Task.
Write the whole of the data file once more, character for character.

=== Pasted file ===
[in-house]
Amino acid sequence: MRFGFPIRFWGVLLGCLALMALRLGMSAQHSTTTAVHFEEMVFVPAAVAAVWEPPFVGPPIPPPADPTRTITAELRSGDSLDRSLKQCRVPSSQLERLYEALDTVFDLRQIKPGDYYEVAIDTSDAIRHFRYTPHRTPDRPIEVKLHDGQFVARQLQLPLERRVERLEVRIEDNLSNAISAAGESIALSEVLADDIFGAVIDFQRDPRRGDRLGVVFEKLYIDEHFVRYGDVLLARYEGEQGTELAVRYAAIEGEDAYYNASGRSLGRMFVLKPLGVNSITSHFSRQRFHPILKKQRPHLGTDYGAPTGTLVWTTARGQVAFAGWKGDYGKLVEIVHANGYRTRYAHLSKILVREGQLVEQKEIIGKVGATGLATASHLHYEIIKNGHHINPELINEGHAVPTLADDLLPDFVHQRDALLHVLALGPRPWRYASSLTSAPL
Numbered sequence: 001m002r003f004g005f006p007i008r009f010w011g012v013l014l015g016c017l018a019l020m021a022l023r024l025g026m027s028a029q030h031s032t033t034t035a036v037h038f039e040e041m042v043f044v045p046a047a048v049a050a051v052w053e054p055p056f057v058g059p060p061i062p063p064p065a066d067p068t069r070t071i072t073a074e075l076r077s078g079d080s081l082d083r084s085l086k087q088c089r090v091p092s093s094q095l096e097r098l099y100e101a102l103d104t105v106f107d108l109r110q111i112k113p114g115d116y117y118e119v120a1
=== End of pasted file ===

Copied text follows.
[in-house]
Amino acid sequence: MRFGFPIRFWGVLLGCLALMALRLGMSAQHSTTTAVHFEEMVFVPAAVAAVWEPPFVGPPIPPPADPTRTITAELRSGDSLDRSLKQCRVPSSQLERLYEALDTVFDLRQIKPGDYYEVAIDTSDAIRHFRYTPHRTPDRPIEVKLHDGQFVARQLQLPLERRVERLEVRIEDNLSNAISAAGESIALSEVLADDIFGAVIDFQRDPRRGDRLGVVFEKLYIDEHFVRYGDVLLARYEGEQGTELAVRYAAIEGEDAYYNASGRSLGRMFVLKPLGVNSITSHFSRQRFHPILKKQRPHLGTDYGAPTGTLVWTTARGQVAFAGWKGDYGKLVEIVHANGYRTRYAHLSKILVREGQLVEQKEIIGKVGATGLATASHLHYEIIKNGHHINPELINEGHAVPTLADDLLPDFVHQRDALLHVLALGPRPWRYASSLTSAPL
Numbered sequence: 001m002r003f004g005f006p007i008r009f010w011g012v013l014l015g016c017l018a019l020m021a022l023r024l025g026m027s028a029q030h031s032t033t034t035a036v037h038f039e040e041m042v043f044v045p046a047a048v049a050a051v052w053e054p055p056f057v058g059p060p061i062p063p064p065a066d067p068t069r070t071i072t073a074e075l076r077s078g079d080s081l082d083r084s085l086k087q088c089r090v091p092s093s094q095l096e097r098l099y100e101a102l103d104t105v106f107d108l109r110q111i112k113p114g115d116y117y118e119v120a1